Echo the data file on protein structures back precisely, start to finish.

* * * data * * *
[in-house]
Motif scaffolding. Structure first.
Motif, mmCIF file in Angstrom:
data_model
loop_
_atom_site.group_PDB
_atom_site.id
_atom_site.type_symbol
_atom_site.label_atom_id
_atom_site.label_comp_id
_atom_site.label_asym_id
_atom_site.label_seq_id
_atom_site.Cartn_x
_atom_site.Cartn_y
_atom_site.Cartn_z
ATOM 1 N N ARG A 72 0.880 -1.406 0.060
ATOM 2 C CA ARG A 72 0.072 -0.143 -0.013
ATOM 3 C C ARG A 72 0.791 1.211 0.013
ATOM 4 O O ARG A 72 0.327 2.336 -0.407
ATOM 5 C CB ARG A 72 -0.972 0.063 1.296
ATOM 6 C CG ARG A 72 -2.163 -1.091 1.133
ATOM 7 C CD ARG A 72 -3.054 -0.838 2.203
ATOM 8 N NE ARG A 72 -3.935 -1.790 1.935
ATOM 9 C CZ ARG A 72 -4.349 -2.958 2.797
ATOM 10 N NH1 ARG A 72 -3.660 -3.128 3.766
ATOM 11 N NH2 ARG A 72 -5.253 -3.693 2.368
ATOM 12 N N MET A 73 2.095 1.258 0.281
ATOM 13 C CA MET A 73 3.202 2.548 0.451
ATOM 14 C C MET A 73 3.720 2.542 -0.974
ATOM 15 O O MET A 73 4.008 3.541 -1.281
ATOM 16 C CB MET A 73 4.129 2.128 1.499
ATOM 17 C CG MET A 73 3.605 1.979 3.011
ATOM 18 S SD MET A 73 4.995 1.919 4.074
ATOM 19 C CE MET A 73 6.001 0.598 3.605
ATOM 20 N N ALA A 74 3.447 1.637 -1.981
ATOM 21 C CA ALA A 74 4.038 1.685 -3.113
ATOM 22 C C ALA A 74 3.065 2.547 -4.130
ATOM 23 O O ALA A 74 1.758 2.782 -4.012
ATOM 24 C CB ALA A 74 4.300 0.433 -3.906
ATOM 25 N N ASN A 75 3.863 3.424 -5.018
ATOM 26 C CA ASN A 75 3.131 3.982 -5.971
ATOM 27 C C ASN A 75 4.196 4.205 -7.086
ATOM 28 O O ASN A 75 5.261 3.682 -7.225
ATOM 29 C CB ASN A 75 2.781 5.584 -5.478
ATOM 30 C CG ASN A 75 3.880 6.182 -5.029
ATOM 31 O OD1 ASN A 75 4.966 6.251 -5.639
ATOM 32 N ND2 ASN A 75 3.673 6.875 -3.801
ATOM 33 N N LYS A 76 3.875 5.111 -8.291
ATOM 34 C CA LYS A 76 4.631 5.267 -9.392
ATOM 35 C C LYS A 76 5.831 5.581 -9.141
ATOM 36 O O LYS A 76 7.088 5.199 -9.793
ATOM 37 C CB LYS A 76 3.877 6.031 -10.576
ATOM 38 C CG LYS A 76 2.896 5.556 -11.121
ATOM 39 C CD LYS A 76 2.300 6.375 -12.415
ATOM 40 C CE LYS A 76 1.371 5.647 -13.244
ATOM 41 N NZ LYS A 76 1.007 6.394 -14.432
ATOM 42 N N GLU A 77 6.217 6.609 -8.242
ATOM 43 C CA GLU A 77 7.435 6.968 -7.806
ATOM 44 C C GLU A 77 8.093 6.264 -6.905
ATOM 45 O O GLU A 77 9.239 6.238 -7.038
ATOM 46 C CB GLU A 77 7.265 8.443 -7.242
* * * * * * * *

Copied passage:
[in-house]
Motif scaffolding. Structure first.
Motif, mmCIF file in Angstrom:
data_model
loop_
_atom_site.group_PDB
_atom_site.id
_atom_site.type_symbol
_atom_site.label_atom_id
_atom_site.label_comp_id
_atom_site.label_asym_id
_atom_site.label_seq_id
_atom_site.Cartn_x
_atom_site.Cartn_y
_atom_site.Cartn_z
ATOM 1 N N ARG A 72 0.880 -1.406 0.060
ATOM 2 C CA ARG A 72 0.072 -0.143 -0.013
ATOM 3 C C ARG A 72 0.791 1.211 0.013
ATOM 4 O O ARG A 72 0.327 2.336 -0.407
ATOM 5 C CB ARG A 72 -0.972 0.063 1.296
ATOM 6 C CG ARG A 72 -2.163 -1.091 1.133
ATOM 7 C CD ARG A 72 -3.054 -0.838 2.203
ATOM 8 N NE ARG A 72 -3.935 -1.790 1.935
ATOM 9 C CZ ARG A 72 -4.349 -2.958 2.797
ATOM 10 N NH1 ARG A 72 -3.660 -3.128 3.766
ATOM 11 N NH2 ARG A 72 -5.253 -3.693 2.368
ATOM 12 N N MET A 73 2.095 1.258 0.281
ATOM 13 C CA MET A 73 3.202 2.548 0.451
ATOM 14 C C MET A 73 3.720 2.542 -0.974
ATOM 15 O O MET A 73 4.008 3.541 -1.281
ATOM 16 C CB MET A 73 4.129 2.128 1.499
ATOM 17 C CG MET A 73 3.605 1.979 3.011
ATOM 18 S SD MET A 73 4.995 1.919 4.074
ATOM 19 C CE MET A 73 6.001 0.598 3.605
ATOM 20 N N ALA A 74 3.447 1.637 -1.981
ATOM 21 C CA ALA A 74 4.038 1.685 -3.113
ATOM 22 C C ALA A 74 3.065 2.547 -4.130
ATOM 23 O O ALA A 74 1.758 2.782 -4.012
ATOM 24 C CB ALA A 74 4.300 0.433 -3.906
ATOM 25 N N ASN A 75 3.863 3.424 -5.018
ATOM 26 C CA ASN A 75 3.131 3.982 -5.971
ATOM 27 C C ASN A 75 4.196 4.205 -7.086
ATOM 28 O O ASN A 75 5.261 3.682 -7.225
ATOM 29 C CB ASN A 75 2.781 5.584 -5.478
ATOM 30 C CG ASN A 75 3.880 6.182 -5.029
ATOM 31 O OD1 ASN A 75 4.966 6.251 -5.639
ATOM 32 N ND2 ASN A 75 3.673 6.875 -3.801
ATOM 33 N N LYS A 76 3.875 5.111 -8.291
ATOM 34 C CA LYS A 76 4.631 5.267 -9.392
ATOM 35 C C LYS A 76 5.831 5.581 -9.141
ATOM 36 O O LYS A 76 7.088 5.199 -9.793
ATOM 37 C CB LYS A 76 3.877 6.031 -10.576
ATOM 38 C CG LYS A 76 2.896 5.556 -11.121
ATOM 39 C CD LYS A 76 2.300 6.375 -12.415
ATOM 40 C CE LYS A 76 1.371 5.647 -13.244
ATOM 41 N NZ LYS A 76 1.007 6.394 -14.432
ATOM 42 N N GLU A 77 6.217 6.609 -8.242
ATOM 43 C CA GLU A 77 7.435 6.968 -7.806
ATOM 44 C C GLU A 77 8.093 6.264 -6.905
ATOM 45 O O GLU A 77 9.239 6.238 -7.038
ATOM 46 C CB GLU A 77 7.265 8.443 -7.242